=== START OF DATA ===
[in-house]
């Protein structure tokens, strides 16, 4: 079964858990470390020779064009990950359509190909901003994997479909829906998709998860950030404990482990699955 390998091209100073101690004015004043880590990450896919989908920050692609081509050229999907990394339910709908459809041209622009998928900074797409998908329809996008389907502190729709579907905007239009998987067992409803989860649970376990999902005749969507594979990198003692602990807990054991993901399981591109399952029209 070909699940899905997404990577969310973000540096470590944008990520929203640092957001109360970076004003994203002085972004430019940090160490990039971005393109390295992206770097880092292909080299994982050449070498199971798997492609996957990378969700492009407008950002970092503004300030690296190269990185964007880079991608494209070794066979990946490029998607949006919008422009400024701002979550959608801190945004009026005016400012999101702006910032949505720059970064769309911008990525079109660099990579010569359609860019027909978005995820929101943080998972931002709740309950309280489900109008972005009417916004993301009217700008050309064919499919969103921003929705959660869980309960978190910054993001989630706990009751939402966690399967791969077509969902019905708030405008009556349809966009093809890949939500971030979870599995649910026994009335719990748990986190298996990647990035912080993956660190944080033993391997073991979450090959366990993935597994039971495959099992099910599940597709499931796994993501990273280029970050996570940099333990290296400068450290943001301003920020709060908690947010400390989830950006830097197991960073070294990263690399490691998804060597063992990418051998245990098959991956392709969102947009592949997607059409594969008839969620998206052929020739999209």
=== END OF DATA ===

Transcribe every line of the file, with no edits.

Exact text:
[in-house]
């Protein structure tokens, strides 16, 4: 079964858990470390020779064009990950359509190909901003994997479909829906998709998860950030404990482990699955 390998091209100073101690004015004043880590990450896919989908920050692609081509050229999907990394339910709908459809041209622009998928900074797409998908329809996008389907502190729709579907905007239009998987067992409803989860649970376990999902005749969507594979990198003692602990807990054991993901399981591109399952029209 070909699940899905997404990577969310973000540096470590944008990520929203640092957001109360970076004003994203002085972004430019940090160490990039971005393109390295992206770097880092292909080299994982050449070498199971798997492609996957990378969700492009407008950002970092503004300030690296190269990185964007880079991608494209070794066979990946490029998607949006919008422009400024701002979550959608801190945004009026005016400012999101702006910032949505720059970064769309911008990525079109660099990579010569359609860019027909978005995820929101943080998972931002709740309950309280489900109008972005009417916004993301009217700008050309064919499919969103921003929705959660869980309960978190910054993001989630706990009751939402966690399967791969077509969902019905708030405008009556349809966009093809890949939500971030979870599995649910026994009335719990748990986190298996990647990035912080993956660190944080033993391997073991979450090959366990993935597994039971495959099992099910599940597709499931796994993501990273280029970050996570940099333990290296400068450290943001301003920020709060908690947010400390989830950006830097197991960073070294990263690399490691998804060597063992990418051998245990098959991956392709969102947009592949997607059409594969008839969620998206052929020739999209």